Therefore, the incorporation of L-arginine in loaded MSNs allowed adequate bond strength values to be attained, in contrast to the results reported by [18], who included free arginine at 5, 7 and 10% in a generic etch-and-rinse adhesive and obtained low microtensile bond strength values [18]. Although nanofillers are considered to increase the mechanical properties of the adhesive layer, helping to distribute the stresses due to adhesive and resin composite polymerization shrinkage, this positive effect was not observed in our study. In contrast, a detrimental effect on the microtensile bond strength was observed when the amount of the particles was increased up to 2% by weight, as observed in the FS results. Nanoparticles at high concentrations may agglomerate, hampering diffusion in the etched dentin and dentinal tubules, in agreement with Azad et al., [55]. Other authors have attributed the limited adhesive properties of experimental adhesives with nanofillers to a reduction in the degree of cure that affects their mechanical properties [20]. However, in the present study, this relationship was not observed, as DC and VHN values were higher for the filled experimental adhesives than those determined for the commercial adhesives, which yielded the highest bond strength values. The microtensile bond strength of the adhesives seems to be more related to E values than to other mechanical properties [56], and accordingly, the experimental adhesives exhibited a distinct and more brittle behaviour than SB1XT and SBUP.

L-arginine release studies

The release of the N-oleyl-L-arginine DSDA from the Arg@MSNs was investigated by sinking the material in Milli-Q water at 37 °C and calculating the concentration in solution at different times. The mg of DSDA released per gram of MSN was plotted against time to construct the profile of the release curve (Fig. 4). The N-oleyl-L-arginine DSDA release from MSN material showed a slow and maintained delivery over several days up to approximately 210 mg of DSDA per gram of MSNs. After 6 h, the MSN material released 110 mg of DSDA, which corresponds to approximately 25% of the maximum theoretical release of the material. After 2 days, the amount increased to 180 mg of DSDA and approximately 40% of the cumulative release. The DSDA continued being released from MSN after 7 days when the release stayed at approximately 50% of the theoretical maximum release, without reaching the plateau. It can be concluded that the MSNs permit a slow and long-term release of DSDA, and the drug travels from the inside of the nanoparticle porosity to the media.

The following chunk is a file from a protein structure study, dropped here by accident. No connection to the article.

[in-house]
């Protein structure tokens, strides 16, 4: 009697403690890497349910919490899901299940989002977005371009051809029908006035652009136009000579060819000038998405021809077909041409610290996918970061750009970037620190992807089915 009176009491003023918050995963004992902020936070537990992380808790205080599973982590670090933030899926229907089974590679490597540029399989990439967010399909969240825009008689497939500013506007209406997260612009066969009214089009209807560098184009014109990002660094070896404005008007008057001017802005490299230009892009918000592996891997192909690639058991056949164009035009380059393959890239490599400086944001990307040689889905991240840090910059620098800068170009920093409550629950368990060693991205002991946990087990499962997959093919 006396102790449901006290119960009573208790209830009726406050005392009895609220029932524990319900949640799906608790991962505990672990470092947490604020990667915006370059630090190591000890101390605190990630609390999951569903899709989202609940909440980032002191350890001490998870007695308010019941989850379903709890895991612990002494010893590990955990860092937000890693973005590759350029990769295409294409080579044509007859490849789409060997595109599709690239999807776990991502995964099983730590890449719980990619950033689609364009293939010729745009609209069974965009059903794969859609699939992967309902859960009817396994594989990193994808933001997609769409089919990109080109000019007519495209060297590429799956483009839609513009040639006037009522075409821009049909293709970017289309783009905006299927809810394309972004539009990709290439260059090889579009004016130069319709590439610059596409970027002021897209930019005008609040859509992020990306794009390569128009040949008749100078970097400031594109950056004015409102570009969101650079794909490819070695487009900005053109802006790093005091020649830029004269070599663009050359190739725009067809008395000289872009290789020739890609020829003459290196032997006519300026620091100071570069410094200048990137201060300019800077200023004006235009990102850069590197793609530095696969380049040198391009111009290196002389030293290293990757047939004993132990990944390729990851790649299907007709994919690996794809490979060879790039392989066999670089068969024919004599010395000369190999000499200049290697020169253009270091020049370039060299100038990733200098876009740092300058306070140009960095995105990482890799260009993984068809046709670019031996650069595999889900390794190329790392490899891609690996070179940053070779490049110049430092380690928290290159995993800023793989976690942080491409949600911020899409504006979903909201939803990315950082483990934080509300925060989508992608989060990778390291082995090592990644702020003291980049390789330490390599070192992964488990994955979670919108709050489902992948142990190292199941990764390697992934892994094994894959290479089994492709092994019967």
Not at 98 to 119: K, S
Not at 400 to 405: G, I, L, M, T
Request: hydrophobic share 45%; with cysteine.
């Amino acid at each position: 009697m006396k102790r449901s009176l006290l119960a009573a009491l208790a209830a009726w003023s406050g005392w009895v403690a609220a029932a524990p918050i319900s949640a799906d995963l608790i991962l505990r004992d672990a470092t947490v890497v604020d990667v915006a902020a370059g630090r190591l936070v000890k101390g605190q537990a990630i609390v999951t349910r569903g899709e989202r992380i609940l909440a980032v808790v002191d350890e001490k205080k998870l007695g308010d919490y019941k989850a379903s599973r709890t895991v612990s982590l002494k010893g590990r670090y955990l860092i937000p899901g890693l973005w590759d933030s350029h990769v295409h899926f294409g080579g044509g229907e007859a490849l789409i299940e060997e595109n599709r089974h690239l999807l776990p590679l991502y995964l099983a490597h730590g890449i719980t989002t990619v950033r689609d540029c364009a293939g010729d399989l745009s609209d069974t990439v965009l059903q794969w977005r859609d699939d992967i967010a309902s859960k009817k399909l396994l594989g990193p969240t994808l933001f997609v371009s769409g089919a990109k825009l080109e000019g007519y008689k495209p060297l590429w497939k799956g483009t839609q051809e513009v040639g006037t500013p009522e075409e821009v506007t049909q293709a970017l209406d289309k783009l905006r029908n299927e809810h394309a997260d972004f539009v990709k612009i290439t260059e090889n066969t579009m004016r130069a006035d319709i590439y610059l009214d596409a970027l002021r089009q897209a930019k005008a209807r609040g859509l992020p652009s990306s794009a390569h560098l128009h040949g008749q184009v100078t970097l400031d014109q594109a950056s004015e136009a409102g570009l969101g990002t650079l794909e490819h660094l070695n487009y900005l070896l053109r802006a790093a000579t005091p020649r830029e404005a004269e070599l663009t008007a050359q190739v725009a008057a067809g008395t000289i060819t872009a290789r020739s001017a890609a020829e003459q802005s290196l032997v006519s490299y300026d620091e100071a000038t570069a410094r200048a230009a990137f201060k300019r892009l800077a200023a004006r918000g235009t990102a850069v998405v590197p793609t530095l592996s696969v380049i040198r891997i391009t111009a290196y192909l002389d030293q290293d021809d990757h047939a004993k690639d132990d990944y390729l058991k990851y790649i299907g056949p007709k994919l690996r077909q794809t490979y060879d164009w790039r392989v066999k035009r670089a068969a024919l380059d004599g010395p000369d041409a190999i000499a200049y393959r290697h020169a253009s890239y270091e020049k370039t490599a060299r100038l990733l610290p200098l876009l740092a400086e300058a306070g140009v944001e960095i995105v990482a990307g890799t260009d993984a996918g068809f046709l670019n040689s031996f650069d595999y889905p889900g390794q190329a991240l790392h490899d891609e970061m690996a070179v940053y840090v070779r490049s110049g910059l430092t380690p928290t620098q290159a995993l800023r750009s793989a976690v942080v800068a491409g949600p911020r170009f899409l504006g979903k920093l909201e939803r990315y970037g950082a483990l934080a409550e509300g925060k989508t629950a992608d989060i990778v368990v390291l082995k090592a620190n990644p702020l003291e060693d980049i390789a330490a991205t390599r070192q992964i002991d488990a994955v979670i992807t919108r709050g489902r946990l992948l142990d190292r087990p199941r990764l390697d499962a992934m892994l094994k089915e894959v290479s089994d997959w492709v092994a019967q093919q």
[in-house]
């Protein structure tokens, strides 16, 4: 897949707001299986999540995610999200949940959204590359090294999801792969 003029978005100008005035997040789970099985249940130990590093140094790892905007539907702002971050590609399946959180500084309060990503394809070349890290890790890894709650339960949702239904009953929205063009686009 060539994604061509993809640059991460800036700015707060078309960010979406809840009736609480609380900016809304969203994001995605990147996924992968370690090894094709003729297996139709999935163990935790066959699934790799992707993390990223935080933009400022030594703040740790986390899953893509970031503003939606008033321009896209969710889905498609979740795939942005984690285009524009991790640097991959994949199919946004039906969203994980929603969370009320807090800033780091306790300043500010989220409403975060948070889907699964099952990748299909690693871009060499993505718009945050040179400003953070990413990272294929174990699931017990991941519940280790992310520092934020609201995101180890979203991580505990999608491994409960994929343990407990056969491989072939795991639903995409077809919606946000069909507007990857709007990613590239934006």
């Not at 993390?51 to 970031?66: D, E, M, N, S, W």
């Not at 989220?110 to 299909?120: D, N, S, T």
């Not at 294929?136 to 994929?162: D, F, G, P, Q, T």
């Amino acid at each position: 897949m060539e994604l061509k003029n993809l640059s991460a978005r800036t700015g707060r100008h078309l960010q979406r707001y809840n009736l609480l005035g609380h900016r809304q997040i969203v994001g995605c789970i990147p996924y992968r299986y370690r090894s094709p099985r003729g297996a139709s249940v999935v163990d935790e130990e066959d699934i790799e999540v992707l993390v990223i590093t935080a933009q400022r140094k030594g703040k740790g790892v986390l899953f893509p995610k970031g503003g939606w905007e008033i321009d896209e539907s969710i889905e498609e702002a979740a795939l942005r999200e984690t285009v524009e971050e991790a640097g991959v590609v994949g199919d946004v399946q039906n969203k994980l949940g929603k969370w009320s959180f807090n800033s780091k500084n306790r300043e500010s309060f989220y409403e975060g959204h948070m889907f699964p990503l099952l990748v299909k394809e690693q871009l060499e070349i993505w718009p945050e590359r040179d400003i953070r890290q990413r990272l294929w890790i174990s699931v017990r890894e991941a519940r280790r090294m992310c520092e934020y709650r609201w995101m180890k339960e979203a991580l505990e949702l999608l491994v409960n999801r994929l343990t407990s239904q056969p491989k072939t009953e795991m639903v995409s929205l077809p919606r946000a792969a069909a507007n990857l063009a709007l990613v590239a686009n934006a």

Subsequently, after embedding different amounts of Arg@MSN into the dental adhesives, the release of the N-oleyl-L-arginine DSDA from the adhesive matrix was studied. The three different resins with amounts of 0.5%, 1% and 2% Arg@MSN were suspended in milli-Q water at 37 °C. Aliquots were taken at 1, 2, 4 and 7 days to calculate the amount of DSDA released from the resins and determined by UHPLC/MS/MS. Figure 5 shows that the experimental dental adhesive with 0.5% Arg@MSN released 13 ppm after 1 day, 24 ppm at 2 days and 33 and 63 ppm DSDA at 4 and 7 days, respectively. The amount of DSDA released increased accordingly as the 1% and 2% adhesives were tested in the release experiments. The 1% dental adhesive experienced a release of 24 ppm DSDA at 1 day and 60 ppm and 105 ppm at 4 and 7 days, respectively. The 2 wt.% adhesive released concentrations of 57, 148 and 229 ppm DSDA after 1, 4 and 7 days, respectively. These results indicate the ability of N-oleyl-L-arginine DSDA to diffuse from inside the nanoparticle to the resin and finally from there to the aqueous medium. Therefore, the polymeric adhesive matrix not only allows the release of N-oleyl-L-arginine DSDA but also significantly slows its delivery, which significantly lengthens the antibacterial activity provided by L-arginine over time.

Fig. 5
figure 5

Release of the DSDA of L-arginine from the experimental adhesives with concentrations of 0.5 wt% (black), 1 wt% (red) and 2 wt% (blue) Arg@MSNs

Antibacterial activity

The results of the reduction percentage of RLUs are shown in Tables 3 and 4 and Figs. 6 and 7 for each bacterial strain. At 1 h, there were no significant differences between groups, S. mutans (p = 0.603), S. gordonii (p = 0.326) and L. casei (p = 0.438). After 7 days, the highest percentage reduction of RLUs was obtained for the 2% Arg@MSN adhesive version. The trend in all cases was for increased antimicrobial activity with higher nanoparticle concentration, although it should be noted that there were no significant differences between the experimental groups for S. gordonii, nor for the unfilled dental adhesive and 0.5% Arg@MSNs version for S. mutans. However, there were significant differences for all groups with Arg@MSNs compared to the unfilled version for L. casei. In 2017, Geraldeli et al. [18] proposed the inclusion of L-arginine at a concentration of 7% in a dental adhesive, reporting that its release endowed a significant antibacterial effect against S. mutans that was specific for this cariogenic bacterium. This behavior as a biofilm modifier was also observed when 4% L-arginine was added to a glass ionomer cement [11] and a commercial orthodontic resin cement [23].